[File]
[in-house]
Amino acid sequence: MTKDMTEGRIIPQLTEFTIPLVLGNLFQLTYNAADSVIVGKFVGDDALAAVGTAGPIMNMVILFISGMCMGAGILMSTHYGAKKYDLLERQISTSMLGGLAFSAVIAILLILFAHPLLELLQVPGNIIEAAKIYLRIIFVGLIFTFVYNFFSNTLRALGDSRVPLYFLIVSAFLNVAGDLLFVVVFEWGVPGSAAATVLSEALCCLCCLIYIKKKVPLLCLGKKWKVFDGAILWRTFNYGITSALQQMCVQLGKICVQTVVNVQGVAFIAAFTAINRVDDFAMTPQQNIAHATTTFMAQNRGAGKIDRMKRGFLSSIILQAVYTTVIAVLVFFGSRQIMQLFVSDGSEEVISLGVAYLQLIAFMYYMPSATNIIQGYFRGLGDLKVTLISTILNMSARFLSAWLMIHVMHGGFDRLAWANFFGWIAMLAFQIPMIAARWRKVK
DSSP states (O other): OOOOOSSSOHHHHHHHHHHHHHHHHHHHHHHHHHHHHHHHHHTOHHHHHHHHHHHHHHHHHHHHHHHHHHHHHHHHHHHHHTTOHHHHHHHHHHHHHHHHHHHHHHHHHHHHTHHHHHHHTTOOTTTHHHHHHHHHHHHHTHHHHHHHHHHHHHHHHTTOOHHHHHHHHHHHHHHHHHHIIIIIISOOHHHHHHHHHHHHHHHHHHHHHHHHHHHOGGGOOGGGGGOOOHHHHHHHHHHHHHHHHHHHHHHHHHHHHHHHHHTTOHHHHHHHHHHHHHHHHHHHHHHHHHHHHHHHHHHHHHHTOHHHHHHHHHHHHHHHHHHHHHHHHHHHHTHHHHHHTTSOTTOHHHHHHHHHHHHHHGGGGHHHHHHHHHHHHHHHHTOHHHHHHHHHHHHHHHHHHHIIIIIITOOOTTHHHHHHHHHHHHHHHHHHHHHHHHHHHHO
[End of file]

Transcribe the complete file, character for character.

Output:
[in-house]
Amino acid sequence: MTKDMTEGRIIPQLTEFTIPLVLGNLFQLTYNAADSVIVGKFVGDDALAAVGTAGPIMNMVILFISGMCMGAGILMSTHYGAKKYDLLERQISTSMLGGLAFSAVIAILLILFAHPLLELLQVPGNIIEAAKIYLRIIFVGLIFTFVYNFFSNTLRALGDSRVPLYFLIVSAFLNVAGDLLFVVVFEWGVPGSAAATVLSEALCCLCCLIYIKKKVPLLCLGKKWKVFDGAILWRTFNYGITSALQQMCVQLGKICVQTVVNVQGVAFIAAFTAINRVDDFAMTPQQNIAHATTTFMAQNRGAGKIDRMKRGFLSSIILQAVYTTVIAVLVFFGSRQIMQLFVSDGSEEVISLGVAYLQLIAFMYYMPSATNIIQGYFRGLGDLKVTLISTILNMSARFLSAWLMIHVMHGGFDRLAWANFFGWIAMLAFQIPMIAARWRKVK
DSSP states (O other): OOOOOSSSOHHHHHHHHHHHHHHHHHHHHHHHHHHHHHHHHHTOHHHHHHHHHHHHHHHHHHHHHHHHHHHHHHHHHHHHHTTOHHHHHHHHHHHHHHHHHHHHHHHHHHHHTHHHHHHHTTOOTTTHHHHHHHHHHHHHTHHHHHHHHHHHHHHHHTTOOHHHHHHHHHHHHHHHHHHIIIIIISOOHHHHHHHHHHHHHHHHHHHHHHHHHHHOGGGOOGGGGGOOOHHHHHHHHHHHHHHHHHHHHHHHHHHHHHHHHHTTOHHHHHHHHHHHHHHHHHHHHHHHHHHHHHHHHHHHHHHTOHHHHHHHHHHHHHHHHHHHHHHHHHHHHTHHHHHHTTSOTTOHHHHHHHHHHHHHHGGGGHHHHHHHHHHHHHHHHTOHHHHHHHHHHHHHHHHHHHIIIIIITOOOTTHHHHHHHHHHHHHHHHHHHHHHHHHHHHO